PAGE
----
Moderator / Reviewer
- Apr 4, 2017
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A biopic about Sidonie-Gabrielle Colette is sure to be fascinating, if not downright salacious in nature, so I was naturally intrigued by the film when it crossed my review desk a few weeks back. For those of you not in the know, Sidonie-Gabrielle Colette (we’ll call her just Colette for the rest of the film) was an early 20th century writer who started out ghost writing for her first husband, and then moved on to the theater, ending up writing over 30 novels and scripts over the years, and was the inspiration for the hit film Gigi with Miss Hepburn herself. However, one of her more notable features was also her loose sexual appetites and her dalliances with females across Paris. Appetites that were only matched (if not surpassed) by said first husband. The film itself tries to take the account of the female author and turn it into a tale of liberation and discovering one’s identity, but in doing so sort of white washes the young girl’s life just a tad and bypasses many of the harsher aspects of her life (although some of it is most definitely true, especially in regards to her husband, Willy).
A young country girl, Colette (Kiera Knightley) is swept off her feet by French literary entrepreneur Henri Gauthier-Villars (Dominic West), a dashing man with a taste for the ladies, and thriving ghost writing crew working under him with his authors name of “Willy”. Soon after marrying her love and moving to Paris Colette has to come to grips with the fact that her husband is a serial philanderer, and a smug egotistical jerk at that. While she’s pining away at home he’s shagging the low hanging fruit of Paris, which leads her to loneliness and despair. However, as was the way of early 20th century Paris, Colette came to grips with the fact that her husband was always going to have a wandering eye, and started to even ghost write for him as well, crafting a near autobiographical character by the name of Claudine in a rather racy novel that became the hit of all Paris
Claudine was the just the start, and Willy had no intentions of letting his golden goose go to waste, forcing Colette to work long hours to create more and more stories in order to keep the cash flowing. He bought her a house in the country to work in, and due to the fact that she had become desensitized to his carnal proclivities, allowed her to have her own dalliances (also with women). With Willy’s heavy handed attempt at writing and Colette’s eyes wandering just as much as Willy’s, the two began to drift apart. Something Willy couldn’t stand, forcing the jealous “husband” to sell the Claudine books and tear his wife’s soul from her chest.
The acting is top notch all the way around, and this is the first time that Kiera Knightley has had a really meaty role for quite some time. Ever since the last Pirates film with her in it, her career kind of stagnated and her minimal roles were simple and matter of fact. Colette gives her an actual character to absorb herself into and she does a magnificent job at playing the country girl turned into Parisian writer. She’s strong, powerful, and emotes with incredible intensity (especially during the 2nd half of the film when she’s exerting her independence). Dominic West is deliciously egotistical and witty that you adore to hate him, and hate to love him. Chewing up the scenery at all ends, he makes Willy the most pompous jackass that you could ever meet, but one who is so witty and charming that you can understand why he was known as the lover of Paris. The film itself works as biopic about one of the stranger female writers of the early 20th century French writing scene, but feels a bit awkward on the women's lib front, when neither Willy nor Colette are exactly what you would call roll models.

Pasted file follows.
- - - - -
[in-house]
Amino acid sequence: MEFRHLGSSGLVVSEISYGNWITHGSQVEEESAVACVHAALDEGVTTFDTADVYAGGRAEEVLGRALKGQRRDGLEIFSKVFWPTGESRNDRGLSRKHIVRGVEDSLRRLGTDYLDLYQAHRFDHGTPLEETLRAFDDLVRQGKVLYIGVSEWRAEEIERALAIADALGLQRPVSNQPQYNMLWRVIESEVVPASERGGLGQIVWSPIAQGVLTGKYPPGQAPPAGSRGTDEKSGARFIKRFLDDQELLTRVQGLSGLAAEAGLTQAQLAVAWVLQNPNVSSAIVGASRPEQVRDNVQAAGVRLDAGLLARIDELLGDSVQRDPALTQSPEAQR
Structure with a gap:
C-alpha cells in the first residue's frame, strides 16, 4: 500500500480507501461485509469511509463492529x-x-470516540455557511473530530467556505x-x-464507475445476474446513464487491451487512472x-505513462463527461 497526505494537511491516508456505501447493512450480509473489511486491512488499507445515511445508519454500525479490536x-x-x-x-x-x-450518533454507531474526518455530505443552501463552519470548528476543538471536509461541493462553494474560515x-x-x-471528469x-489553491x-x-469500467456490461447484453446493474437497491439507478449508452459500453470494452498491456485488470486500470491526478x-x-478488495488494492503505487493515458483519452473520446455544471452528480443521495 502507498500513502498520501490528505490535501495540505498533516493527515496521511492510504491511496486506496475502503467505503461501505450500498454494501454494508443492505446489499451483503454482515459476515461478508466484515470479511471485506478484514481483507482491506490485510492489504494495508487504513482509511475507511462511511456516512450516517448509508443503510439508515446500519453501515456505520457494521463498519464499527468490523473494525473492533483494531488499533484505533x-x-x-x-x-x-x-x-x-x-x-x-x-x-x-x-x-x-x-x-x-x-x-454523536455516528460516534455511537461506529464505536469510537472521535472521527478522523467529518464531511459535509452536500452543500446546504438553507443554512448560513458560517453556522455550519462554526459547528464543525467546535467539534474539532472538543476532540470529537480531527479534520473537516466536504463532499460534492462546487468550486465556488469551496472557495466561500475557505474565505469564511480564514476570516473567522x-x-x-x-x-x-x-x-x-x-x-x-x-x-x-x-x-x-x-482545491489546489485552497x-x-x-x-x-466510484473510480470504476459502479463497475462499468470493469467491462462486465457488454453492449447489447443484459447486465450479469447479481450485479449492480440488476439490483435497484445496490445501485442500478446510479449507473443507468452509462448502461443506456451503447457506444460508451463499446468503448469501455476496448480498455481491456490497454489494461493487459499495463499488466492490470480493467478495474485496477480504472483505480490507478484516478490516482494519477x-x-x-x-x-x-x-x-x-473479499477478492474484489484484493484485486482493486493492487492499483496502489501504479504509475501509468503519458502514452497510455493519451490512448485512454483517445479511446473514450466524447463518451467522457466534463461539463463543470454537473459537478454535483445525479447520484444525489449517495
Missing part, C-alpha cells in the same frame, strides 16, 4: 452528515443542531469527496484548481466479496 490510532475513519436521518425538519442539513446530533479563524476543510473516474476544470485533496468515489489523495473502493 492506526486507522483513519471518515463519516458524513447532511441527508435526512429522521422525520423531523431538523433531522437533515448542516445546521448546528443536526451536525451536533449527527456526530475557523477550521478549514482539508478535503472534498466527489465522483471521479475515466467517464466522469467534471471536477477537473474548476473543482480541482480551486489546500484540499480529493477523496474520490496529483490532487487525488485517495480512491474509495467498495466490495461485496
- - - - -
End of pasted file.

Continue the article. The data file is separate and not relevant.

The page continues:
One last thing which actually had me rate the film half a star less than what I wanted. The entire product was done by a British production company, with British actors, while playing about a French writer in France. As such the film feels very much “British” in feel, which loses some of the French nuances of the film. The sexual proclivities of the two seem a little out of place with the prim and proper British accents masquerading as French accents, especially if you know anything about the culture of Paris at the time. Personally I really wish that they had gotten a French production company and actors to do the film, as it might easily have made a more resonate connection with the subject matter.
Rated R for some sexuality/nudity
• Notes on a Scene - Featurette
• Deleted Scenes
• Costume Design Photo Gallery
Colette is an interesting biopic about one of Frances more bawdy and colorful female writers. It tries to be a woman’s lib type of narrative, but in that aspect it fails just a bit due to the fact that both she AND her husband are not exactly the type of person you would like to be as a role model. However, as a biopic it is quite a work, with strong acting and deliciously wicked script. My complaint about this being a British film vs. a French one notwithstanding, Colette is an entertaining period piece drama with an all star cast. It’s not perfect, it’s not exactly exemplary, but it is a solid biopic about a writer who has influenced modern cinema quite strongly with some of her works. The Blu-ray is a solid effort as well, giving us stable audio and video, but rather mediocre extras. Certainly worth checking out if you’re a fan of period piece biopics.
Starring: Kiera Knightley, Fiona Shaw, Dominic West, Robert Pugh, Sloan Thompson, Arabella Weir, Ray Panthaki, Al Weaver, Mate Haumann
Directed by: Wash Westmoreland
Written by: Wash Westmoreland, Richard Glatzer, Rebecca Lenkiewicz
Aspect Ratio: 2.39:1, AVC
Audio: English: DTS-HD MA 5.1
Subtitles: English, English SDH, Spanish
Runtime: 112 Minutes
Blu-ray Release Date: December 11th, 2018
Recommendation: Solid Watch